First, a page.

DONATION NEEDS Donated items like yours allow us to meet basic needs, provide comfort, and assist with building trusting relationships with our program participants.
DONATION QUALITY STANDARDS We welcome donations of high-quality items. Most items must be new, except where noted. Items must meet the following standards:
Toiletry items and food must be unopened and unexpired.
Staff assess items and may request that you donate items to another agency based on the quality of the items and our current needs.
Donations of assembled toiletry kits, or blessing bags, may be helpful depending on our storage space.
Unsure whether you should donate an item? Ask yourself if you would give the item as a gift to a friend.
DROP OFF LOCATION/HOURS: Elim Church 685 13th Ave NE Minneapolis, MN 55413 (please use 13th Ave door)
Evening Hours: 7 days a week: 6pm to 9pm (upon shelter opening)
Daytime Hours (varied):
Mon: 9am to noon Tue-Thu: 9am to 4pm Fri: 9am to noon Sat: no day hours Sun: 7:30am to 9:30am
Winter gloves, scarves/hats
New thermal long underwear for adult men and women
New adult underwear/bras, socks and t-shirts
Sheets or Towels
Bath towels: high quality gently used or new
Wash cloths: high quality gently used or new
Pillows & pillow cases, twin size fitted and flat sheets, pillows and pillow cases: high quality gently used or new
Toiletries and Personal Care Items
Travel/full size body wash, deodorant, soap, shampoo, conditioner, and lotion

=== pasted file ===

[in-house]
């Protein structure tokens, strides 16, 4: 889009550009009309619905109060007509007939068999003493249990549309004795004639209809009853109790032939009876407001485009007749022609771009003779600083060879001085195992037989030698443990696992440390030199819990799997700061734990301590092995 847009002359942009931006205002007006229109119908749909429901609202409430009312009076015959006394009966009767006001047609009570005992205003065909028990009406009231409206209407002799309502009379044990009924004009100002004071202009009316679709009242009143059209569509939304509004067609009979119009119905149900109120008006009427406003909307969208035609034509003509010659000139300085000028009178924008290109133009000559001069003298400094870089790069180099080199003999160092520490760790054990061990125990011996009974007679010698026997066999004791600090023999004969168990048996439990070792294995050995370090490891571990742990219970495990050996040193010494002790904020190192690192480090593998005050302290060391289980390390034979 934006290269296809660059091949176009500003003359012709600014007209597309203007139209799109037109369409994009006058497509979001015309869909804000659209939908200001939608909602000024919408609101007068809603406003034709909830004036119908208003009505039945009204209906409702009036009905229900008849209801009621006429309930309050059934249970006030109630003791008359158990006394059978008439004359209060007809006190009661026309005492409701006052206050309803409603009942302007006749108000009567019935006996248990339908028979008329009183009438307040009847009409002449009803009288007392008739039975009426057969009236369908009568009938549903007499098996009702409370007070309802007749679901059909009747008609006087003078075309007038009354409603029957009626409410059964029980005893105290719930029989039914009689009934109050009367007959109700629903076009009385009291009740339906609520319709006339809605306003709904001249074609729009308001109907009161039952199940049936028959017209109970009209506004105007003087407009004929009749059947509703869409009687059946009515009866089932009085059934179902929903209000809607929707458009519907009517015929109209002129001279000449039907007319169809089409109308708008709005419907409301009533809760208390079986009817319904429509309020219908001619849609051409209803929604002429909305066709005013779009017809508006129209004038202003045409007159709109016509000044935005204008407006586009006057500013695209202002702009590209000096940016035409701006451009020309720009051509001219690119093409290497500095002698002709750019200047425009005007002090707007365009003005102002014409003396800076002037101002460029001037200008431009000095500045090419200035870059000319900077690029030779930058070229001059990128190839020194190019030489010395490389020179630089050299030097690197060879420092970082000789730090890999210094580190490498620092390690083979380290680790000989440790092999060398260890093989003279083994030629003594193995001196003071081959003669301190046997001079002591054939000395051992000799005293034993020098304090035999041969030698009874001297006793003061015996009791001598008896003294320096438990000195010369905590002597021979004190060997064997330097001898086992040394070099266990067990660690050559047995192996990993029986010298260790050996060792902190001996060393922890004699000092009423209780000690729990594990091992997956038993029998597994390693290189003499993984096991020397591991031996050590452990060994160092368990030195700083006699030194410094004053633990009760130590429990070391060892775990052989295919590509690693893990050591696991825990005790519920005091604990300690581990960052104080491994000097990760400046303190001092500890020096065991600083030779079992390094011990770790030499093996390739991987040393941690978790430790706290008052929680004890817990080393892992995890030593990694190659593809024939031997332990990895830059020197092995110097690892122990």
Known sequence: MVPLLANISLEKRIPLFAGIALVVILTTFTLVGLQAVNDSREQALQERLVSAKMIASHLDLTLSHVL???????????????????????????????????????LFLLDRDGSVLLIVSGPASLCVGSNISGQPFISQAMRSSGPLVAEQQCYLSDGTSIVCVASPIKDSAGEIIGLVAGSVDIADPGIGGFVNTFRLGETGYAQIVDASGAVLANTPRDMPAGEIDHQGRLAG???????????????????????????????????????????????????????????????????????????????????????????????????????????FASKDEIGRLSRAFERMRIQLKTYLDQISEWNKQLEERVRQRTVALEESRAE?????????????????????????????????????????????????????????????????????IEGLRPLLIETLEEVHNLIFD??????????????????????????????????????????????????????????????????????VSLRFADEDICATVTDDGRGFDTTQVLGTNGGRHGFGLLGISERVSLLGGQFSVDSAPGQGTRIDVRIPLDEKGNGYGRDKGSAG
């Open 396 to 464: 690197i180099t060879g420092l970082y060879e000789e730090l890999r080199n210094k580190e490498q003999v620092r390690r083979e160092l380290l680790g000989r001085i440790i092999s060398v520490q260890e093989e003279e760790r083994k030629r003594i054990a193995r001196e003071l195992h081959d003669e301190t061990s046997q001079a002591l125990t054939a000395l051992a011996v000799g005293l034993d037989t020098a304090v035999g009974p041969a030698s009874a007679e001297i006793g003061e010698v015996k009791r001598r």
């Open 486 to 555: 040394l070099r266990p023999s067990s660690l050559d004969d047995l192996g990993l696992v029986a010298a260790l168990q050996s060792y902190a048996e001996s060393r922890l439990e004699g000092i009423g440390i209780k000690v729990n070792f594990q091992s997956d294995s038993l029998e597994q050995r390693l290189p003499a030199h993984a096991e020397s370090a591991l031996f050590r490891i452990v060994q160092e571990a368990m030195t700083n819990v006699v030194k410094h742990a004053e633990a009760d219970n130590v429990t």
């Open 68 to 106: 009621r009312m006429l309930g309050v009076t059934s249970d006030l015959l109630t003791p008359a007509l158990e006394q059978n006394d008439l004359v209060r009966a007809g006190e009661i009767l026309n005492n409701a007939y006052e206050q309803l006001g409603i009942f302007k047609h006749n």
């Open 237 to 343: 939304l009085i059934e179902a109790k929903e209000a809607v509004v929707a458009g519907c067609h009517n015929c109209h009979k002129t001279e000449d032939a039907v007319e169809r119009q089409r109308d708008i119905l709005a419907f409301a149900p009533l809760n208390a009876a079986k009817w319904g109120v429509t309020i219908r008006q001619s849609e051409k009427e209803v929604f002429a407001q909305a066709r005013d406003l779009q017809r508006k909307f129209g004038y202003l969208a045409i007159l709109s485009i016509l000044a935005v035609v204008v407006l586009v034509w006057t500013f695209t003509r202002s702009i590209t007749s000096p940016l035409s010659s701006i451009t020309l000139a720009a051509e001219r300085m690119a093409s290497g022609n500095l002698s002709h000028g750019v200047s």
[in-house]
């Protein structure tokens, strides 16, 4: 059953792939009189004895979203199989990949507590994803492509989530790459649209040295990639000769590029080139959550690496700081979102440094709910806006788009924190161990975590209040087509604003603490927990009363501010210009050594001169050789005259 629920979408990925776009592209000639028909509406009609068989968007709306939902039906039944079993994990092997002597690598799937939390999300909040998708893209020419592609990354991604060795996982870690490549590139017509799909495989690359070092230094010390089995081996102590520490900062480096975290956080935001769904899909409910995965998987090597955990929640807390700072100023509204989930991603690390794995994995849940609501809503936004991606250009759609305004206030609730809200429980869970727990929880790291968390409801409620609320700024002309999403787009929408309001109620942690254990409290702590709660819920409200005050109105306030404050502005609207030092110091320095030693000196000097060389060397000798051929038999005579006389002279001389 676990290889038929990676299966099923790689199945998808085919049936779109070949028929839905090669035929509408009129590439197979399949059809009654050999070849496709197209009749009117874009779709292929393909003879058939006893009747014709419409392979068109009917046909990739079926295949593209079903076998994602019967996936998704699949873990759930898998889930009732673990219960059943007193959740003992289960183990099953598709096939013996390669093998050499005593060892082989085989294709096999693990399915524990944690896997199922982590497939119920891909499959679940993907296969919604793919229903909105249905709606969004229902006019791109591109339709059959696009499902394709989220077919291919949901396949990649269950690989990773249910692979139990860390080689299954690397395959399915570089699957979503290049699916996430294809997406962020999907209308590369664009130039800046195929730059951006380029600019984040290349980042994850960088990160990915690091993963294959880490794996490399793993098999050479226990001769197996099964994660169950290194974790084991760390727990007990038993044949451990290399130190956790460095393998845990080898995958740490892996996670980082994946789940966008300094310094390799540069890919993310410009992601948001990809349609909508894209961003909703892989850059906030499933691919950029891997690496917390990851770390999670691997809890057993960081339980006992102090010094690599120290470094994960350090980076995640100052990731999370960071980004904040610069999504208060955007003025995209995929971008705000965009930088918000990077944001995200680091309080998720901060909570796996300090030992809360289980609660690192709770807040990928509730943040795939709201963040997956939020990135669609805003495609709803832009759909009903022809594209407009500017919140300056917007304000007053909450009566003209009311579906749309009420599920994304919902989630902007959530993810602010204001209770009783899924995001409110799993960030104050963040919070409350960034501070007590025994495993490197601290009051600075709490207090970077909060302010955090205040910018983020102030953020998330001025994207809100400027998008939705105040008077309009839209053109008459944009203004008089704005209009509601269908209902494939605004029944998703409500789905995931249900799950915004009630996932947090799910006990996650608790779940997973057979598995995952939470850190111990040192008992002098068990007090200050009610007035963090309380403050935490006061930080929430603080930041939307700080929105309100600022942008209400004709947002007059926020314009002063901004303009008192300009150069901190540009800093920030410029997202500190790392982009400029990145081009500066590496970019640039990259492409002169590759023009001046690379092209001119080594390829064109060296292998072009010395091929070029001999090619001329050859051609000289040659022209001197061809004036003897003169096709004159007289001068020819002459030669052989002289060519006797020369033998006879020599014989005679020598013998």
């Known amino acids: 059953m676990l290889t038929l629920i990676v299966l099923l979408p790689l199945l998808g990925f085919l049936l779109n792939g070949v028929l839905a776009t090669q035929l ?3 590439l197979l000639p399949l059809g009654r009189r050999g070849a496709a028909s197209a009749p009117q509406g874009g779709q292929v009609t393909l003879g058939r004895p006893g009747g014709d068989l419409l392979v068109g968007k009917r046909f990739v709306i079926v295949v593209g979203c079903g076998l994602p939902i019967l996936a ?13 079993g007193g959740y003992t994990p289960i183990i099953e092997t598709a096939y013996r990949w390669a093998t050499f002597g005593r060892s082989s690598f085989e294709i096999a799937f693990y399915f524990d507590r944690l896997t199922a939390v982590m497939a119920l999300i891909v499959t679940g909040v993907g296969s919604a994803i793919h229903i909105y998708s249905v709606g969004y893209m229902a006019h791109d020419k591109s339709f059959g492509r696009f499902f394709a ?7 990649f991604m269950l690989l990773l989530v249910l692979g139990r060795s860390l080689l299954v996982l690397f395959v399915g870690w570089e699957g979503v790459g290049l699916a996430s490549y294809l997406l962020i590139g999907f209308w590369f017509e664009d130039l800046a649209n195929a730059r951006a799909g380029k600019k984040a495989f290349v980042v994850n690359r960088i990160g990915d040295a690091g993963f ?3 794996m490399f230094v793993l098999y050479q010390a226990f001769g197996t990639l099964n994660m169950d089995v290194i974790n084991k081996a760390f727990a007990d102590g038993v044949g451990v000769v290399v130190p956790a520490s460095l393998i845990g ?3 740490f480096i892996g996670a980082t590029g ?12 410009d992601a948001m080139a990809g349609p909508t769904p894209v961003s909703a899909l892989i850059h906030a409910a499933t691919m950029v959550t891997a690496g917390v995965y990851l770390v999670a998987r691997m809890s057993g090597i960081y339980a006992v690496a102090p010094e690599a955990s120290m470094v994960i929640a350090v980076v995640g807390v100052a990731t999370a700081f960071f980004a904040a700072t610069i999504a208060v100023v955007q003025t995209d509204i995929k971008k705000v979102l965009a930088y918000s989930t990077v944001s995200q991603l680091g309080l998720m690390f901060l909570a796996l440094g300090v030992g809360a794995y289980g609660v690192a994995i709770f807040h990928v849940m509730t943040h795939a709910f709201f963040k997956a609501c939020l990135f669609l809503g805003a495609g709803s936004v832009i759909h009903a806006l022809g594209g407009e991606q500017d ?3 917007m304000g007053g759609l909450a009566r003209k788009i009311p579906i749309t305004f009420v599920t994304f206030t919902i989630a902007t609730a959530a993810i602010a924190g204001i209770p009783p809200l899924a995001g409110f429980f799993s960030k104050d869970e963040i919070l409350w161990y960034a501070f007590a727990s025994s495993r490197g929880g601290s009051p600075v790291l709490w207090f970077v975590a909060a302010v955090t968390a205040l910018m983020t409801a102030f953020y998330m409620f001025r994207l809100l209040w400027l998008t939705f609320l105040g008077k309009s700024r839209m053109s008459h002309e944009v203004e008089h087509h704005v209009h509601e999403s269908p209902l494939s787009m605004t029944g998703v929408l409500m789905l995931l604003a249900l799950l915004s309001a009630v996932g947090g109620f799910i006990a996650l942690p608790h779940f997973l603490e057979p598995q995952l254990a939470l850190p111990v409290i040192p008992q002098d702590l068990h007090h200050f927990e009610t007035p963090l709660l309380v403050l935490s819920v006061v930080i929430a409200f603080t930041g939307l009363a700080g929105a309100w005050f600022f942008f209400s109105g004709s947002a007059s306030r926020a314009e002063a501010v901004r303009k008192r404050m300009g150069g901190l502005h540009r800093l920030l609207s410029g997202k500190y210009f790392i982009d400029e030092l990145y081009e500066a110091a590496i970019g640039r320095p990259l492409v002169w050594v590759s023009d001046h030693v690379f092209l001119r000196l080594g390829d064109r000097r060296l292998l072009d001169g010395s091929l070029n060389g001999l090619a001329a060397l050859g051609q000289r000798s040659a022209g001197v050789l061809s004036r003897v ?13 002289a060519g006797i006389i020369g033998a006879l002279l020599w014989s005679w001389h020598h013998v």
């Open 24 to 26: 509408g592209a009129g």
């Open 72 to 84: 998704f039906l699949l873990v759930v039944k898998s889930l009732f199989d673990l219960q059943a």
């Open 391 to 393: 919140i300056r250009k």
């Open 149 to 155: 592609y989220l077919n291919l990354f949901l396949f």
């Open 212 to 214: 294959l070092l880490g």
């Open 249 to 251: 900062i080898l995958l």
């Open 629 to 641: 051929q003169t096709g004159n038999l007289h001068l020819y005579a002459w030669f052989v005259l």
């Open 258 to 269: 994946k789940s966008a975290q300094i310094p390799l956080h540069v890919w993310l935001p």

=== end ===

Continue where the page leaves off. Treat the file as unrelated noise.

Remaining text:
Razors, Shaving cream
Foot powder, Disinfectant spray for shoes & feet
Combs & brushes, African American hair & skin care products
Products for natural/textured hair
Coffee, tea bags
Hot cocoa packets
Disposable eating products
Non-perishable snack items
Paper towels, toilet paper, facial tissue
Cub Foods gift cards
Backpacks & duffel bags: high quality gently used or new
Combination locks and padlocks with keys
Here’s Elim Church’s statement on the new Temporary Relief Shelter. Thank you to our Northeast neighbors for providing this wonderful resource!
“Dear neighbors and greater Northeast community,
Guided by core values of hospitality, compassion and love for all people, Elim Church and Strong Tower Parish have been in communication about how to better serve women and men facing homelessness. Elim has operated a volunteer led cold-weather shelter for men, as we are able, over the past 8 years and operates Hope Avenue, a weekly drop-in program. Strong Tower Parish operates a food shelf weekly. Together, we have 1400 congregants. In partnership with Tasks Unlimited, a 50 year old non-profit and a long-time advocate for people experiencing homelessness and Monica Nilsson, we have pursued temporary funding to take in women and men who are without a place to sleep at night for the next 3 months at each of our churches. Elim will accommodate women; Strong Tower will take in couples and men. People will be able to keep their bed while working with professional staff so there will be consistency and stability in the community.